What is the 15 minute sleep rule and how can it help you get a better night's sleep?

man waking up and rubbing his eyes
(Image credit: Getty)

If you frequently have trouble falling asleep it can leave you feeling anxious, restless and wondering what to do. But, according to the experts, if you're still wide awake 15 minutes after you go to bed, then, in fact, it's best to get up.

While this 15-minute sleep rule might sound a little counterintuitive, but research suggests it will ultimately help you get the rest you deserve. However, in order for this technique to be effective you will need to follow some simple rules. 

Below we explain exactly what is the 15-minute sleep rule (also called the ‘quarter-of-an-hour rule' or QHR) and how it can help you sleep better. We also cover what you should and should not do once you get up. So, if getting to sleep easily is something that you only dream about, then read on to find out more.

What is the 15-minute sleep rule?

If you regularly suffer from insomnia, then you will be no stranger to the anxiety that comes with not being able to fall asleep. The 15-minute sleep rule is based on the premise that it's best to associate your bed with sleep rather than stress. 

This is why the rule says if you are still awake after 15 minutes, then it's best to get up. But the trick is also about what you do when you get up as it could be key to helping you fall asleep. This disassociation from stress is where the power of the quarter-of-an-hour rule lies.

Man smiling and stretching in bed

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What should you do when you're out of bed? 

If after 15 minutes you are still wide awake and staring at the ceiling, then you shouldn't stay in bed. However, rather than staying in your bedroom, the advice is to do the following:

  • Go into another room
  • Make sure the lights are low
  • Make sure you are warm

Once these conditions are met, then you should aim to keep your activity low-key. For instance, you might want to read something relaxing or do a craft activity or jigsaw puzzle to unwind and help prepare your body for sleep. Having a warm drink can also help, but make sure it does not contain caffeine. A herbal sleep tea could  be a good choice but don't overdo it so you end up waking up in the night because you need to use the bathroom (here's when to stop drinking before bed, according to a doctor). 

Hopefully, you should soon be feeling sleepy and it will be time to go to bed again. If you find you are still struggling after another 15 minutes, then get up and repeat the process. Remember, you are connecting your bed with sleep rather than anxiety and insomnia.

Person doing a jigsaw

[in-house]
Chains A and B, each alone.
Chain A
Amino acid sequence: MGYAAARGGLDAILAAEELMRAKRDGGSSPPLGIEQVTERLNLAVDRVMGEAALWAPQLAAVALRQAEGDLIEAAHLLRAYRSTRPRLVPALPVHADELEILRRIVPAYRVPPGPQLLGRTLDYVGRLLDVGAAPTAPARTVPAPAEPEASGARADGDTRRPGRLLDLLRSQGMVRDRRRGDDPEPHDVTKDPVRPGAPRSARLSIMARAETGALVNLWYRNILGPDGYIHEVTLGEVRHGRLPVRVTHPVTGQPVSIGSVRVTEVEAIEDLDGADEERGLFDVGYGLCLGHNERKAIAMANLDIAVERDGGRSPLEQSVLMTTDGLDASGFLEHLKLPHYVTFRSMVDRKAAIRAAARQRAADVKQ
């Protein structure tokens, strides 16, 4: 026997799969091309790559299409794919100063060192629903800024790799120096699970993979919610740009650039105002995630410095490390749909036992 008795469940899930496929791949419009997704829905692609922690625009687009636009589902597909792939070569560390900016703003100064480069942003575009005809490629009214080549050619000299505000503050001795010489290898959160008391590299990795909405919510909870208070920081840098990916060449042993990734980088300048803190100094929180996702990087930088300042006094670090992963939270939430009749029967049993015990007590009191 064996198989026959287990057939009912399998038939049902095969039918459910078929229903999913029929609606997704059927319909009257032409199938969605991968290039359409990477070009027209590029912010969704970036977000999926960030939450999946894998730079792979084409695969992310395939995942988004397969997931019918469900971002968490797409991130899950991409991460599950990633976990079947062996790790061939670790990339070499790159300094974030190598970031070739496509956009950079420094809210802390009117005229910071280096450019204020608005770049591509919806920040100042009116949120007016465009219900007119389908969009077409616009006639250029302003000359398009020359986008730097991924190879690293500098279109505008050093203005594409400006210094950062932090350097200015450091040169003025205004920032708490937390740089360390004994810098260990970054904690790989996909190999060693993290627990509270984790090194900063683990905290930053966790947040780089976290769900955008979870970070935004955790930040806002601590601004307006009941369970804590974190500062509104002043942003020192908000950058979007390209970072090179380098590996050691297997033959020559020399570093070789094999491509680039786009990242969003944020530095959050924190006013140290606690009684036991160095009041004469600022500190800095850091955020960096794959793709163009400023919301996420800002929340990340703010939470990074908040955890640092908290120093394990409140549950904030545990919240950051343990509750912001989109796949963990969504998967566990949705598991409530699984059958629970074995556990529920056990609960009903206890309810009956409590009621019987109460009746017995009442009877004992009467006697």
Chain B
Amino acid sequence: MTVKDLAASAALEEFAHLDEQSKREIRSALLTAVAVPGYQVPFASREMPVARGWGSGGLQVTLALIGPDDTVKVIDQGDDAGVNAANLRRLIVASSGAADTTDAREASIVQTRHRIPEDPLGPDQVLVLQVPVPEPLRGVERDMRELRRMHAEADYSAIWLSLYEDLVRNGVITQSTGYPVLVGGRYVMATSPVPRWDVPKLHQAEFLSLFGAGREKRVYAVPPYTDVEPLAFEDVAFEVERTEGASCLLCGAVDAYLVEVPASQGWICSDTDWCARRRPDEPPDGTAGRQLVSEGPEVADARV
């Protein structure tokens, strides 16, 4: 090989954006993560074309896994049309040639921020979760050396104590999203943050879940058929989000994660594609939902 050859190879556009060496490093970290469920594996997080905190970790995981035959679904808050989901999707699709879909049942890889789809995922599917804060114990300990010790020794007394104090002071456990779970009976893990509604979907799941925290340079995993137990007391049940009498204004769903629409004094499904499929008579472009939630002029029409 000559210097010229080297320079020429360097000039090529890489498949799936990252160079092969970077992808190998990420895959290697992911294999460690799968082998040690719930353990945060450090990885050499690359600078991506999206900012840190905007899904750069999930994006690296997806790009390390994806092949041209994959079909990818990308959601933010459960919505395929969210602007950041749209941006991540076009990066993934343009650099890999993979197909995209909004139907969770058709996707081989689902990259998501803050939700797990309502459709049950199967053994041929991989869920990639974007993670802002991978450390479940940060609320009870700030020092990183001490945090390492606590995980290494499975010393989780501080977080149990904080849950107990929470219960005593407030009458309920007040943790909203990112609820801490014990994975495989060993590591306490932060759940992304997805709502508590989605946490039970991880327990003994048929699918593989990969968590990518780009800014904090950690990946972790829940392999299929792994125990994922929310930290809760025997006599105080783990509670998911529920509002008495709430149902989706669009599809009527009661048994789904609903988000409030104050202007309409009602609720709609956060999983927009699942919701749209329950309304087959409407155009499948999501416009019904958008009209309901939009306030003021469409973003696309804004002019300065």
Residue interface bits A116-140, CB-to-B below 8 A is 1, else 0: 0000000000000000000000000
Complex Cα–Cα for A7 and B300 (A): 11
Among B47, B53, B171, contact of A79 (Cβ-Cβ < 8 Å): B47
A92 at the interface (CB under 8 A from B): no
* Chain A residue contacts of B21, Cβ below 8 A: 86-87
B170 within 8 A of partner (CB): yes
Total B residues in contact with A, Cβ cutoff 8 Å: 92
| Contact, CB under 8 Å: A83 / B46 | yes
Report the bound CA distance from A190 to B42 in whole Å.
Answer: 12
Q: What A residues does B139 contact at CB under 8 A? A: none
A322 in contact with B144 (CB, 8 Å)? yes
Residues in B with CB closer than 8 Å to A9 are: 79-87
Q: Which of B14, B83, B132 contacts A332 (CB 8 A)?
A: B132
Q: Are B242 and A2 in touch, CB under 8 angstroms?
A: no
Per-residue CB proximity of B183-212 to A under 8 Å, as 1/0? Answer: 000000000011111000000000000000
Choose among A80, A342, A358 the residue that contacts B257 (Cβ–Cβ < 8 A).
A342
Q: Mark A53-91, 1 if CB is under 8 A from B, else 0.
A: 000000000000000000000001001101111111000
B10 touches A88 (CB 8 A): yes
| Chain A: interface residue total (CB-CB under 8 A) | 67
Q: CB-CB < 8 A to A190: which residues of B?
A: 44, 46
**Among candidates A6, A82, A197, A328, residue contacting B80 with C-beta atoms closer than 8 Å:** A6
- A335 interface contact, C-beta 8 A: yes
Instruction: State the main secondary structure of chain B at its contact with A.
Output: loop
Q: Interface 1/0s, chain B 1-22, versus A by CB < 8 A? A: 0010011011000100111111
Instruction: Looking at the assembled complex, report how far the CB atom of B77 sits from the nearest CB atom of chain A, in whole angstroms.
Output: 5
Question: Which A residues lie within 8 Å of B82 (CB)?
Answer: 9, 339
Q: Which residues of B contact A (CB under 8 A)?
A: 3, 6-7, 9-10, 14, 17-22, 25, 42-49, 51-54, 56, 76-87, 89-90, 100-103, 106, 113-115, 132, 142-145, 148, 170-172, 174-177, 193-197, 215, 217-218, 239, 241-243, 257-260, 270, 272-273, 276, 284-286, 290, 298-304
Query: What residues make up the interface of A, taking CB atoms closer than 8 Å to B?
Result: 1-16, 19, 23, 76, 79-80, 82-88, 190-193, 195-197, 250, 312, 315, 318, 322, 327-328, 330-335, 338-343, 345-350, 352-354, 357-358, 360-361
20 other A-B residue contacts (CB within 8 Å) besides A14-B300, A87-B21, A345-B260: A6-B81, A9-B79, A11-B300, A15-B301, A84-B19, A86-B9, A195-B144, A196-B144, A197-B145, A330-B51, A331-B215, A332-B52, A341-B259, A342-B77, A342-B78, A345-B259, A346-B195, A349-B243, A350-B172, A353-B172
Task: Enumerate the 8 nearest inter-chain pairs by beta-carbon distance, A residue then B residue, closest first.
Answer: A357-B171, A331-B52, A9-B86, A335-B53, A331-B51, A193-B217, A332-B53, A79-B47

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What should you NOT do when you're out of bed? 

Despite the fact this technique is called the 15-minute sleep rule, you should definitely not be clock-watching! The idea is to simply estimate how long you have been awake for rather than checking the time. When you think it has been about 15 minutes, then get up and move to another room.

Once you have gotten out of bed, then there are other things you should not do. This includes looking at any screens including your mobile phone. While it might be tempting to scroll online or put the TV on to help you relax, the blue light from the screens will only keep you awake for longer and over-stimulate your brain.

Man looking at phone

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You should also avoid drinking alcohol. While a nightcap might seem like a good idea to help you drift off, even a low amount of alcohol will disrupt the quality of your sleep. Alcohol causes disturbed sleep, if you drink before bed you will experience even more insomnia and feel overly tired the next day.

Also avoid eating anything too heavy or spicy. This means midnight snacks are banned… While it might be tempting to tuck into whatever's in the fridge to alleviate the tedium of your insomnia, according to the Cleveland Clinic, eating before bedtime can throw off your circadian rhythm so the body doesn't prepare for sleep. However, if you do get peckish then a small amount of raw veg, fruit or yoghurt is fine.

How can the 15-minute sleep rule help you sleep better?

If you have insomnia, then worrying about not falling asleep is only going to make the situation worse, especially if it is a long-term issue. 

Getting up and letting your bed be a place for sleep rather than stress is key to this technique. It's also worth remembering that most people take a little while to fall asleep and that it is standard for it to take up to 15-20 minutes to fall asleep. 

In fact, if you fall asleep as soon as your head hits the pillow, then this could be a sign that you are sleep deprived and fatigued. So with this in mind, try not to worry too much the next time it takes you a little while to drift off, and if the sleep still isn't coming then, remember, getting up could be your ticket to faster sleep.

Grace Franks

Grace is an experienced sleep writer and mattress reviewer who also contributes to our sister site TechRadar, among other Future plc brands. She's a big fan of organic sleep products and has recently invested in a wool mattress topper that she quite happily describes as "life-changing." (Hey, we're serious about our sleep products). When she isn't testing mattresses or writing about sleep, Grace enjoys reading and creative writing, and incorporates meditation and yoga into her wellness routine.